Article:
KLEIN: It may be (inaudible) but he's got it clear, right?

KARL: Right.

KLEIN: He has to be able to stand up there for an hour and a half, with the breaks, whatever else, not referring to notes -- whatever the rules are, and show that he can do it. I think that's going to be much more important than the Herr Report or any reporting about what he's like behind the scenes. People get to see it in June and then at the ABC debate in September.

FINNEY: And look, that's part of the reason that the Biden campaign wanted to do this debate early, is that, I think there was a recognition that we needed to do -- they needed to do something to shake things up, right? Because waiting until the fall, waiting until after these conventions was going to be too late, particularly given that people start voting early.

As also a CNN commentator, I will say the goal I think is to have -- to try to have an actual conversation about policy. I doubt we will get much of that because as we know, for Trump, this will be a performance. And so part of the Biden strategy and preparing is, yes, there will be policy pieces that he wants to get through, but then also being prepared for the fact that when you debate Donald Trump, having gone through this in 2016 with Hillary, it is so hard to know what he's going to do. He is so unpredictable. You may turn his mic off, but he will be gesticulating, and I promise you that will be a clip that we'll all be talking about.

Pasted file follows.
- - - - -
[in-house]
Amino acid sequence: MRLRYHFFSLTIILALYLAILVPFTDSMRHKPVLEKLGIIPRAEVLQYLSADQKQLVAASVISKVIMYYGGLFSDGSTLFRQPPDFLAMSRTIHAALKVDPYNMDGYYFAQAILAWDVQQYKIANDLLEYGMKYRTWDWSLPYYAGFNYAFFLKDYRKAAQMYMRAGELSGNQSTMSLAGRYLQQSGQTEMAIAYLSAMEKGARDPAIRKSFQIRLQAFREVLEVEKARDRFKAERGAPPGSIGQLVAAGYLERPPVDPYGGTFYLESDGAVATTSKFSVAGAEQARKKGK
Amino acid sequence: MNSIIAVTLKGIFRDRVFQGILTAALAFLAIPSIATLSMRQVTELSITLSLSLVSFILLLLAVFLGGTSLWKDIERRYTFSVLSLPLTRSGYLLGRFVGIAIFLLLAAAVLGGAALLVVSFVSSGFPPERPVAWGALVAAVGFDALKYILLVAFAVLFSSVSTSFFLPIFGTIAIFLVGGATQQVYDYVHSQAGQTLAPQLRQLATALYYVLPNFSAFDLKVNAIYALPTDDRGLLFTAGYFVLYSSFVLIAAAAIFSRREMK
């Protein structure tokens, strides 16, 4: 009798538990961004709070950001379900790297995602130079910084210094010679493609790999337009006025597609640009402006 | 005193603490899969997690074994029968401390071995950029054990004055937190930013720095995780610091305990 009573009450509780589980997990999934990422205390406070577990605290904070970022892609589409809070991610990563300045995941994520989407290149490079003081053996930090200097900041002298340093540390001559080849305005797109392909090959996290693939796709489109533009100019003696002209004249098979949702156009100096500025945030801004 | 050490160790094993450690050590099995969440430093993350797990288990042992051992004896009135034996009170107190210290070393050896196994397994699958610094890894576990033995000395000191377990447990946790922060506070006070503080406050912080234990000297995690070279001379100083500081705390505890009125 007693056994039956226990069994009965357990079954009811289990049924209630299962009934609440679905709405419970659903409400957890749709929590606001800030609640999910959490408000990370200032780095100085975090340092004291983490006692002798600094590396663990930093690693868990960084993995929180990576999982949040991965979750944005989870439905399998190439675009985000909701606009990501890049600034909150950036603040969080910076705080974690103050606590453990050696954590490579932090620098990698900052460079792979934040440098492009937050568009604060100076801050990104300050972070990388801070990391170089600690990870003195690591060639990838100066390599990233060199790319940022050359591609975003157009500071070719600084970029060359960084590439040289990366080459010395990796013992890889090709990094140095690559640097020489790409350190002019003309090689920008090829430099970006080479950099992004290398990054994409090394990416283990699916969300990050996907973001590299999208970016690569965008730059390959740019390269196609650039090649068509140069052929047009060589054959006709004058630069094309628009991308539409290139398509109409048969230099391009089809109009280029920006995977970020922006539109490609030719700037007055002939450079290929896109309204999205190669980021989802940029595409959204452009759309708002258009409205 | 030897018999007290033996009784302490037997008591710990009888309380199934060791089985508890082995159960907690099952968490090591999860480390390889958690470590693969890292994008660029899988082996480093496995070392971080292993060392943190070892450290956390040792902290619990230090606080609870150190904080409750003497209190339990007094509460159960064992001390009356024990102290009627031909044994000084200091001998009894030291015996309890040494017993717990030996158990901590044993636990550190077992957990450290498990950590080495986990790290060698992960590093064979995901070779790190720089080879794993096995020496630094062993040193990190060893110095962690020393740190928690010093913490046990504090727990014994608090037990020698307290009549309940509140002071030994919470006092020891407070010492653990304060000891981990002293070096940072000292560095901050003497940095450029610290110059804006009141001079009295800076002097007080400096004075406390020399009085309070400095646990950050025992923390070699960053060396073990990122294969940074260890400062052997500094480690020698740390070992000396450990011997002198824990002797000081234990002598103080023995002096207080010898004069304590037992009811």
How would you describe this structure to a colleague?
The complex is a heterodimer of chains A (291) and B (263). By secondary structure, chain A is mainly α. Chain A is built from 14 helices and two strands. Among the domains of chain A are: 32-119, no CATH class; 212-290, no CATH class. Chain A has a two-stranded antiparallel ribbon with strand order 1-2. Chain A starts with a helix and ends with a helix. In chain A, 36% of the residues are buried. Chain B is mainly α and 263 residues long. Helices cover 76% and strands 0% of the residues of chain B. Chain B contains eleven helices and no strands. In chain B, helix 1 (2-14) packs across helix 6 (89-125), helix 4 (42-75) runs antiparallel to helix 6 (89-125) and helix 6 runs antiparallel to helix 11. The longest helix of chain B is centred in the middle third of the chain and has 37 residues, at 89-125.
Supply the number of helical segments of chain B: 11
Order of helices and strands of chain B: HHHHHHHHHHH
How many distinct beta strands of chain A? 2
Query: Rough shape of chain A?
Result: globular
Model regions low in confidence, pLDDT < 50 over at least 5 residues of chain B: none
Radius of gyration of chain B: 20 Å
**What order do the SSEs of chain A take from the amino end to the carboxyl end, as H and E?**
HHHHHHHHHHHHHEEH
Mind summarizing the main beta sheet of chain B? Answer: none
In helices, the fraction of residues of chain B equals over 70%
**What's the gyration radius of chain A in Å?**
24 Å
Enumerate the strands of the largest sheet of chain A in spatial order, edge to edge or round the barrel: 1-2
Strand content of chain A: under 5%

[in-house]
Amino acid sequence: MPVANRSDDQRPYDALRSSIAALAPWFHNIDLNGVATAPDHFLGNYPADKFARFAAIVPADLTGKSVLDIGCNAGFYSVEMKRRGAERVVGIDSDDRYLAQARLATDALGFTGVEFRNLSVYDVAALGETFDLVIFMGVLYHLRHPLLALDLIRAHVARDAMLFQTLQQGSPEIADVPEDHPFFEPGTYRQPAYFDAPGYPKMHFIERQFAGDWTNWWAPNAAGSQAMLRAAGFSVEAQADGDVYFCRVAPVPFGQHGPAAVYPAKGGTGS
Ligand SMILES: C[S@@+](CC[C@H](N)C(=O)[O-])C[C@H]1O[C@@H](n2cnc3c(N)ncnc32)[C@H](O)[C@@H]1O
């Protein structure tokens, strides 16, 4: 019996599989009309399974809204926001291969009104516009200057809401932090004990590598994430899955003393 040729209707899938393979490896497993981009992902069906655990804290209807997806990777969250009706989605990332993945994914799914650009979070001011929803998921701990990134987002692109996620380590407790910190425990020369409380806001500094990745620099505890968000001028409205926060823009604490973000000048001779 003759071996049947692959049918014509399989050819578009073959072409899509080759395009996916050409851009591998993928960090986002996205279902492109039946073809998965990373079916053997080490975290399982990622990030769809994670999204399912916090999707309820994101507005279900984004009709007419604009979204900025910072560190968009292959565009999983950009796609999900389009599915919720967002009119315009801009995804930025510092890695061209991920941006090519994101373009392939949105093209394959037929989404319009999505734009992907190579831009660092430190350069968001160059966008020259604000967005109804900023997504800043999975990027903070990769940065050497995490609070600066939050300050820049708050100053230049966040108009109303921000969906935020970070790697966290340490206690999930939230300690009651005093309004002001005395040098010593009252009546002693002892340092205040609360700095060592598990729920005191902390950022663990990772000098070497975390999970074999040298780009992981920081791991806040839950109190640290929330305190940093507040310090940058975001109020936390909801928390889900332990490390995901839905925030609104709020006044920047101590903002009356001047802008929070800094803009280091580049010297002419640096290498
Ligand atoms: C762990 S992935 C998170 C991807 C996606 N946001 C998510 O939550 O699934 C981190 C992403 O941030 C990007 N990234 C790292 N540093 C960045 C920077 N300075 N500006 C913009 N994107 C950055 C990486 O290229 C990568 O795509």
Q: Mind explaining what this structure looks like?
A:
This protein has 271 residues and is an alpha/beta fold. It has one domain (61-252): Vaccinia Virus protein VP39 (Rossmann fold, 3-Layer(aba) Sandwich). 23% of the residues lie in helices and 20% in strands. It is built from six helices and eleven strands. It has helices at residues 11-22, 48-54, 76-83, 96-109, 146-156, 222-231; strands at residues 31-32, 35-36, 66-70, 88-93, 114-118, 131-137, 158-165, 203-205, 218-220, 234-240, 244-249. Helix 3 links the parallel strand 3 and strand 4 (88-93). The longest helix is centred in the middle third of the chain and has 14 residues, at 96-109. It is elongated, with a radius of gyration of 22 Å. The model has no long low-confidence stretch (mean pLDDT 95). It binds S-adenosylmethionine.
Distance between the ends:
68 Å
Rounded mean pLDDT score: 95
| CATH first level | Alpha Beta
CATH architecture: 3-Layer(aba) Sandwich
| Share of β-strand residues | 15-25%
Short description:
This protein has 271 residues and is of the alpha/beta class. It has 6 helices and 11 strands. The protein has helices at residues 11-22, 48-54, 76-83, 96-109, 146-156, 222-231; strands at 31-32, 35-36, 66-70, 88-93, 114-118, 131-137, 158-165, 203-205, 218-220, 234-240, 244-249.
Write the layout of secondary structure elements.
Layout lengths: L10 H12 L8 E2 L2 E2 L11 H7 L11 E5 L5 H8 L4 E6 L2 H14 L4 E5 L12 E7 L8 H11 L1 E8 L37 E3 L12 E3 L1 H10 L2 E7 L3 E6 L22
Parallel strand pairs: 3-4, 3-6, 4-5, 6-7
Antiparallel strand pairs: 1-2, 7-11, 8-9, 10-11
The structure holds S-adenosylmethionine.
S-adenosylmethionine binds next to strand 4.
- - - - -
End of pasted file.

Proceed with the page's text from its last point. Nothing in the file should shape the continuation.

BADE: It's really hard for me to see how this is beneficial to Donald Trump. There's no audience. He plays off the energy of the crowd, and you know, by cutting his mic off, like talking over people, he's not going to be able to sort of distract from the policy debate.

Somebody once told me when we were first talking about this CNN debate and what the rules might look like, that the hardest possible debate you can have is what we're going to see here. And that is no audience, very strict time restraints and not being able to interrupt people, and that means the focus is going to be very much on policy which honestly is not Donald Trump's strength. So I don't know, I think this does give Biden an advantage.

ISGUR: It's also possible that this will be an incredibly boring debate that will make no difference. Wait, if it is a policy debate --

BADE: It is very early.

ISGUR: And the mics are cut off.